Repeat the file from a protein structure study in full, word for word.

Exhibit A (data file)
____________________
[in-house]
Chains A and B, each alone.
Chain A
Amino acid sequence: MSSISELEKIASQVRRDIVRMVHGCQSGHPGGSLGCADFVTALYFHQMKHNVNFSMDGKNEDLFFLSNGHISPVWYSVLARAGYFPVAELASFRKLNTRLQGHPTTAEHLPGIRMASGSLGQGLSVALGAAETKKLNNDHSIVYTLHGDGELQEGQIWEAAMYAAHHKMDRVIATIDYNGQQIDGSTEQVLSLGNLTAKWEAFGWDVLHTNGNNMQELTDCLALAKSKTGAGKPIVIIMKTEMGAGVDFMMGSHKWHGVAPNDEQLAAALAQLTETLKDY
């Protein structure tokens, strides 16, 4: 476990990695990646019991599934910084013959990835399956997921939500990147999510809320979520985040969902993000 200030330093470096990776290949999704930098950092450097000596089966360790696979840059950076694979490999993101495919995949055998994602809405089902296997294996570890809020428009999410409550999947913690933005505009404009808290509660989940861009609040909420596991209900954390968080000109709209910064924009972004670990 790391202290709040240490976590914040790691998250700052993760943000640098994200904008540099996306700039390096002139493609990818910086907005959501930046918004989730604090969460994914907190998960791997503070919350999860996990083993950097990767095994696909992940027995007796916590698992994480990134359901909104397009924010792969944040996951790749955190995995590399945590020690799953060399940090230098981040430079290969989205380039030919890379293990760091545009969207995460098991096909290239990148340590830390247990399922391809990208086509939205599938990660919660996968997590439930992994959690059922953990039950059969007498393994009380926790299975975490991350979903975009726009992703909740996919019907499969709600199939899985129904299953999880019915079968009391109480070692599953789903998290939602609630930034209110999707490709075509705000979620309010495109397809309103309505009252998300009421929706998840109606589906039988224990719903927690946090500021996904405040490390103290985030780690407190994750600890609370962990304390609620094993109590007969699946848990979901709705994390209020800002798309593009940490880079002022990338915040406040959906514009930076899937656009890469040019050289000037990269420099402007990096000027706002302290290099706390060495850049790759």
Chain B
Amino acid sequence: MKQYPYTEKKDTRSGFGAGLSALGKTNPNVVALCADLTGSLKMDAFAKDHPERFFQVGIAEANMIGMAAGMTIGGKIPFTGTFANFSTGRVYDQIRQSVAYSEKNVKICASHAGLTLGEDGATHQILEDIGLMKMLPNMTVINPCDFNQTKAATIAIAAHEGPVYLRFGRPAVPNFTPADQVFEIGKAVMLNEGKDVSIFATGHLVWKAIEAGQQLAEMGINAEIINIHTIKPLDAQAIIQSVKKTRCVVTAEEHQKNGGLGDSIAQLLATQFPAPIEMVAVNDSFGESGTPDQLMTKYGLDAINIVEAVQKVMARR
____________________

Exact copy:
[in-house]
Chains A and B, each alone.
Chain A
Amino acid sequence: MSSISELEKIASQVRRDIVRMVHGCQSGHPGGSLGCADFVTALYFHQMKHNVNFSMDGKNEDLFFLSNGHISPVWYSVLARAGYFPVAELASFRKLNTRLQGHPTTAEHLPGIRMASGSLGQGLSVALGAAETKKLNNDHSIVYTLHGDGELQEGQIWEAAMYAAHHKMDRVIATIDYNGQQIDGSTEQVLSLGNLTAKWEAFGWDVLHTNGNNMQELTDCLALAKSKTGAGKPIVIIMKTEMGAGVDFMMGSHKWHGVAPNDEQLAAALAQLTETLKDY
């Protein structure tokens, strides 16, 4: 476990990695990646019991599934910084013959990835399956997921939500990147999510809320979520985040969902993000 200030330093470096990776290949999704930098950092450097000596089966360790696979840059950076694979490999993101495919995949055998994602809405089902296997294996570890809020428009999410409550999947913690933005505009404009808290509660989940861009609040909420596991209900954390968080000109709209910064924009972004670990 790391202290709040240490976590914040790691998250700052993760943000640098994200904008540099996306700039390096002139493609990818910086907005959501930046918004989730604090969460994914907190998960791997503070919350999860996990083993950097990767095994696909992940027995007796916590698992994480990134359901909104397009924010792969944040996951790749955190995995590399945590020690799953060399940090230098981040430079290969989205380039030919890379293990760091545009969207995460098991096909290239990148340590830390247990399922391809990208086509939205599938990660919660996968997590439930992994959690059922953990039950059969007498393994009380926790299975975490991350979903975009726009992703909740996919019907499969709600199939899985129904299953999880019915079968009391109480070692599953789903998290939602609630930034209110999707490709075509705000979620309010495109397809309103309505009252998300009421929706998840109606589906039988224990719903927690946090500021996904405040490390103290985030780690407190994750600890609370962990304390609620094993109590007969699946848990979901709705994390209020800002798309593009940490880079002022990338915040406040959906514009930076899937656009890469040019050289000037990269420099402007990096000027706002302290290099706390060495850049790759």
Chain B
Amino acid sequence: MKQYPYTEKKDTRSGFGAGLSALGKTNPNVVALCADLTGSLKMDAFAKDHPERFFQVGIAEANMIGMAAGMTIGGKIPFTGTFANFSTGRVYDQIRQSVAYSEKNVKICASHAGLTLGEDGATHQILEDIGLMKMLPNMTVINPCDFNQTKAATIAIAAHEGPVYLRFGRPAVPNFTPADQVFEIGKAVMLNEGKDVSIFATGHLVWKAIEAGQQLAEMGINAEIINIHTIKPLDAQAIIQSVKKTRCVVTAEEHQKNGGLGDSIAQLLATQFPAPIEMVAVNDSFGESGTPDQLMTKYGLDAINIVEAVQKVMARR